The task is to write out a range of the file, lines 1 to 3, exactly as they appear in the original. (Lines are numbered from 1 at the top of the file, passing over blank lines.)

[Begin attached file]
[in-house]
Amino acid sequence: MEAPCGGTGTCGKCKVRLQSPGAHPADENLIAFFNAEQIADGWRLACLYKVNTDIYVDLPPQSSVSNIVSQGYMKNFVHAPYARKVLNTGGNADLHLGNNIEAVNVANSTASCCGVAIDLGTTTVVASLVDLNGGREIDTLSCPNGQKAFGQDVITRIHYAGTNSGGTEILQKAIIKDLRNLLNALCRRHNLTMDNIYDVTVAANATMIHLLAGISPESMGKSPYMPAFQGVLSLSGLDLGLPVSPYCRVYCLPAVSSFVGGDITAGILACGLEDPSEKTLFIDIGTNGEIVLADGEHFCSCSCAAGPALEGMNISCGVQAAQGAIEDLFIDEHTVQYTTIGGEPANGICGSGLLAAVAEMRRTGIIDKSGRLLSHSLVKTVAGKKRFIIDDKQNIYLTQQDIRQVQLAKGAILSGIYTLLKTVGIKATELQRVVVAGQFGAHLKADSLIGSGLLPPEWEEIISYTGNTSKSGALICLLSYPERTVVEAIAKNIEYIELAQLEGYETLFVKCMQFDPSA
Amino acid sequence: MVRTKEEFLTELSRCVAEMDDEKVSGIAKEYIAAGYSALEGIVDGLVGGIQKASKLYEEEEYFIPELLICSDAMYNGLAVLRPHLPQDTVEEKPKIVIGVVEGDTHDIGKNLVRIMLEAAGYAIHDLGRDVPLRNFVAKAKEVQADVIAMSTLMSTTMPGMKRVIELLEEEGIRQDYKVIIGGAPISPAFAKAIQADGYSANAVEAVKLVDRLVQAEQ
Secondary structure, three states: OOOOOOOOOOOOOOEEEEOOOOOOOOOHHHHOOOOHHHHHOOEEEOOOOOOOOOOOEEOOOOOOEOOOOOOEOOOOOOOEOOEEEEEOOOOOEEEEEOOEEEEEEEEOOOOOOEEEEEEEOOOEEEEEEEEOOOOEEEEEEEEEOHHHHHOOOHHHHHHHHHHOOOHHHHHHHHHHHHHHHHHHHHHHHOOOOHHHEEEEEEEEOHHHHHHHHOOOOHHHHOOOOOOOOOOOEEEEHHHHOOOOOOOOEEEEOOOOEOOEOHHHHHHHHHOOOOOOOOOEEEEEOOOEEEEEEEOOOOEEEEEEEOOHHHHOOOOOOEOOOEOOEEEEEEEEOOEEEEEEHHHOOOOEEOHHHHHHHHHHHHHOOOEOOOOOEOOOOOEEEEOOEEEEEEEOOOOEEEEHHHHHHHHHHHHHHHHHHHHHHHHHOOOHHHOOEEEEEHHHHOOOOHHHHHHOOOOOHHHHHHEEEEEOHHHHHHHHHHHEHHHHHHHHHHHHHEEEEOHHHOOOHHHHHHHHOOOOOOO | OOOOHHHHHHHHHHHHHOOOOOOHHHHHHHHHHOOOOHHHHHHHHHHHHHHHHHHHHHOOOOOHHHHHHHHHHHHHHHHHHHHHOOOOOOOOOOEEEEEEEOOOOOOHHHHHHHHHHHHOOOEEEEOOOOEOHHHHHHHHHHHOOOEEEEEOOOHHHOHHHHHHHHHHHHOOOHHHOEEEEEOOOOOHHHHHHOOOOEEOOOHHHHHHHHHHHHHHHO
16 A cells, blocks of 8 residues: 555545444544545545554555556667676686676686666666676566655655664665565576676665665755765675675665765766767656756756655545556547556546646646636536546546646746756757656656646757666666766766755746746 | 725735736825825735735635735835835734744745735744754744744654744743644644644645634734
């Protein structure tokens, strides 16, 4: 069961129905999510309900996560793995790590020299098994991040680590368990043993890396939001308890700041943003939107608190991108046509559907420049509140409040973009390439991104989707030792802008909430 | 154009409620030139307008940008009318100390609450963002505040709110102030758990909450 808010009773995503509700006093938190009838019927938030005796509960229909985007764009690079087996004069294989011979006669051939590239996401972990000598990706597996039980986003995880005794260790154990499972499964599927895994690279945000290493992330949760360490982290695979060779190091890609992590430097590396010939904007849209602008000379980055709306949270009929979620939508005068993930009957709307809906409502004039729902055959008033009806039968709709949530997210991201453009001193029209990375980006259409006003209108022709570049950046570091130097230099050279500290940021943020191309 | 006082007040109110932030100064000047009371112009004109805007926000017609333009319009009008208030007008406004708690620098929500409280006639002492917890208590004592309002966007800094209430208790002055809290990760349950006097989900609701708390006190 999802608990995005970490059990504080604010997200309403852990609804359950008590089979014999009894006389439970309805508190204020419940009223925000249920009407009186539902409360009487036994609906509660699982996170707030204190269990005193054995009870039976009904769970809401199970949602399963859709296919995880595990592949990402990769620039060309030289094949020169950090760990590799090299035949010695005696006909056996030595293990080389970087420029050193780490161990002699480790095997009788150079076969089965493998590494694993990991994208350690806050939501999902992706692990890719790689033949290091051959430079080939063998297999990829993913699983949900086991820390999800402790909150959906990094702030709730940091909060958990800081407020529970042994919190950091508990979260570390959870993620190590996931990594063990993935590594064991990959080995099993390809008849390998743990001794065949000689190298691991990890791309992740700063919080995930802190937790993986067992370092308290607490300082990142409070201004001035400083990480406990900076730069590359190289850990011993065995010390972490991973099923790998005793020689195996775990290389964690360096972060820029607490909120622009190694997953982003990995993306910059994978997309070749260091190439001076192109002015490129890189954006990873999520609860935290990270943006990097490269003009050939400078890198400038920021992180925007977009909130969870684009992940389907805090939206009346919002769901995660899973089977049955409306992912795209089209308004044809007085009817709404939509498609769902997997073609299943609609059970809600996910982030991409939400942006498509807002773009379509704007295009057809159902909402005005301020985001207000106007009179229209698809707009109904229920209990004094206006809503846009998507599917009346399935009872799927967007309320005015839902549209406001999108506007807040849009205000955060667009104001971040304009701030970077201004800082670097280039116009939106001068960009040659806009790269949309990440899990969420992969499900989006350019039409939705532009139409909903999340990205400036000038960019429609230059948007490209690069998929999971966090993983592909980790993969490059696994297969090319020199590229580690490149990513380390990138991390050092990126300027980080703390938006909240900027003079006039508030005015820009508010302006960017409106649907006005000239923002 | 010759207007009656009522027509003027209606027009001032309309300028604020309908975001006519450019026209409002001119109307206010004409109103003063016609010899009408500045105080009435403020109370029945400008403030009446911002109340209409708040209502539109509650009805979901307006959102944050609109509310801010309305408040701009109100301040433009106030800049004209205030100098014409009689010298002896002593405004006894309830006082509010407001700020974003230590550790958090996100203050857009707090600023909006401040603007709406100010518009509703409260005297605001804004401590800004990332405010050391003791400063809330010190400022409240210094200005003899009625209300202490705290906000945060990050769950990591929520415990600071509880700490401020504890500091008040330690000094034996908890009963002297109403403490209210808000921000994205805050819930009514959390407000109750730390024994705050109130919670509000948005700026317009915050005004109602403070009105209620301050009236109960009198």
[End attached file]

[in-house]
Amino acid sequence: MEAPCGGTGTCGKCKVRLQSPGAHPADENLIAFFNAEQIADGWRLACLYKVNTDIYVDLPPQSSVSNIVSQGYMKNFVHAPYARKVLNTGGNADLHLGNNIEAVNVANSTASCCGVAIDLGTTTVVASLVDLNGGREIDTLSCPNGQKAFGQDVITRIHYAGTNSGGTEILQKAIIKDLRNLLNALCRRHNLTMDNIYDVTVAANATMIHLLAGISPESMGKSPYMPAFQGVLSLSGLDLGLPVSPYCRVYCLPAVSSFVGGDITAGILACGLEDPSEKTLFIDIGTNGEIVLADGEHFCSCSCAAGPALEGMNISCGVQAAQGAIEDLFIDEHTVQYTTIGGEPANGICGSGLLAAVAEMRRTGIIDKSGRLLSHSLVKTVAGKKRFIIDDKQNIYLTQQDIRQVQLAKGAILSGIYTLLKTVGIKATELQRVVVAGQFGAHLKADSLIGSGLLPPEWEEIISYTGNTSKSGALICLLSYPERTVVEAIAKNIEYIELAQLEGYETLFVKCMQFDPSA
Amino acid sequence: MVRTKEEFLTELSRCVAEMDDEKVSGIAKEYIAAGYSALEGIVDGLVGGIQKASKLYEEEEYFIPELLICSDAMYNGLAVLRPHLPQDTVEEKPKIVIGVVEGDTHDIGKNLVRIMLEAAGYAIHDLGRDVPLRNFVAKAKEVQADVIAMSTLMSTTMPGMKRVIELLEEEGIRQDYKVIIGGAPISPAFAKAIQADGYSANAVEAVKLVDRLVQAEQ